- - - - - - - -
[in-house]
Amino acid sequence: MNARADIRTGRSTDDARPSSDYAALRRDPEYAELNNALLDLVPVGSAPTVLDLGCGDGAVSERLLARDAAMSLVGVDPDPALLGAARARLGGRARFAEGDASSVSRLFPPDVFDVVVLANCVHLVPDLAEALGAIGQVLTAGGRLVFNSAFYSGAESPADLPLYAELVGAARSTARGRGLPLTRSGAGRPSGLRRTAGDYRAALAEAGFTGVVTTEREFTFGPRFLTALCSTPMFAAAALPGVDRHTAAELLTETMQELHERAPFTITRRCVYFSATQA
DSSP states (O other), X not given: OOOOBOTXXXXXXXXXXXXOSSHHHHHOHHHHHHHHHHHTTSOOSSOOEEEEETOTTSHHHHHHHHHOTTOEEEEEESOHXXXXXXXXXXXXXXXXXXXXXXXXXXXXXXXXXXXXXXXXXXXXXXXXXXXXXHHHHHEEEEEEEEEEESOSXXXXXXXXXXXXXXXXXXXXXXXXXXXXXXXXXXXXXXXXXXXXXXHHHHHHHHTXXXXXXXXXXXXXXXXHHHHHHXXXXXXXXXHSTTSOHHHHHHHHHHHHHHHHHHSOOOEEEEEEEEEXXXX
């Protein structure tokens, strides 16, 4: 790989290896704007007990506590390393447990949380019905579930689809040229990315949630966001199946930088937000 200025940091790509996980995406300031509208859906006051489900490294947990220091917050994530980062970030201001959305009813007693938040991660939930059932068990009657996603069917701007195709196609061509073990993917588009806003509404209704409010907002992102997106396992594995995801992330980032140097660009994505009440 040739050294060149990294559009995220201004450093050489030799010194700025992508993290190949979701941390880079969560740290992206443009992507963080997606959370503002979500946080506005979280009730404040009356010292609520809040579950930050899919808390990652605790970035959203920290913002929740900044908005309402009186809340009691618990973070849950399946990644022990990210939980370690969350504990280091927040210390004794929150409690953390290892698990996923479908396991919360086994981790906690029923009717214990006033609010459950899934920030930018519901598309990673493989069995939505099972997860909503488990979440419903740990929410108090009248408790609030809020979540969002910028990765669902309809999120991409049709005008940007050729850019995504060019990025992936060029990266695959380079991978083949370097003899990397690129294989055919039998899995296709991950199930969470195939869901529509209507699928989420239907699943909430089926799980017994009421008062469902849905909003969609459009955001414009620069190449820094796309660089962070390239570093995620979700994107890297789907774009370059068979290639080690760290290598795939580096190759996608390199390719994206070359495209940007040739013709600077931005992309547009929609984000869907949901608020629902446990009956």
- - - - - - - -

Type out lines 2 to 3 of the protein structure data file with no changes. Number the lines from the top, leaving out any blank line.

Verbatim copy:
Amino acid sequence: MNARADIRTGRSTDDARPSSDYAALRRDPEYAELNNALLDLVPVGSAPTVLDLGCGDGAVSERLLARDAAMSLVGVDPDPALLGAARARLGGRARFAEGDASSVSRLFPPDVFDVVVLANCVHLVPDLAEALGAIGQVLTAGGRLVFNSAFYSGAESPADLPLYAELVGAARSTARGRGLPLTRSGAGRPSGLRRTAGDYRAALAEAGFTGVVTTEREFTFGPRFLTALCSTPMFAAAALPGVDRHTAAELLTETMQELHERAPFTITRRCVYFSATQA
DSSP states (O other), X not given: OOOOBOTXXXXXXXXXXXXOSSHHHHHOHHHHHHHHHHHTTSOOSSOOEEEEETOTTSHHHHHHHHHOTTOEEEEEESOHXXXXXXXXXXXXXXXXXXXXXXXXXXXXXXXXXXXXXXXXXXXXXXXXXXXXXHHHHHEEEEEEEEEEESOSXXXXXXXXXXXXXXXXXXXXXXXXXXXXXXXXXXXXXXXXXXXXXXHHHHHHHHTXXXXXXXXXXXXXXXXHHHHHHXXXXXXXXXHSTTSOHHHHHHHHHHHHHHHHHHSOOOEEEEEEEEEXXXX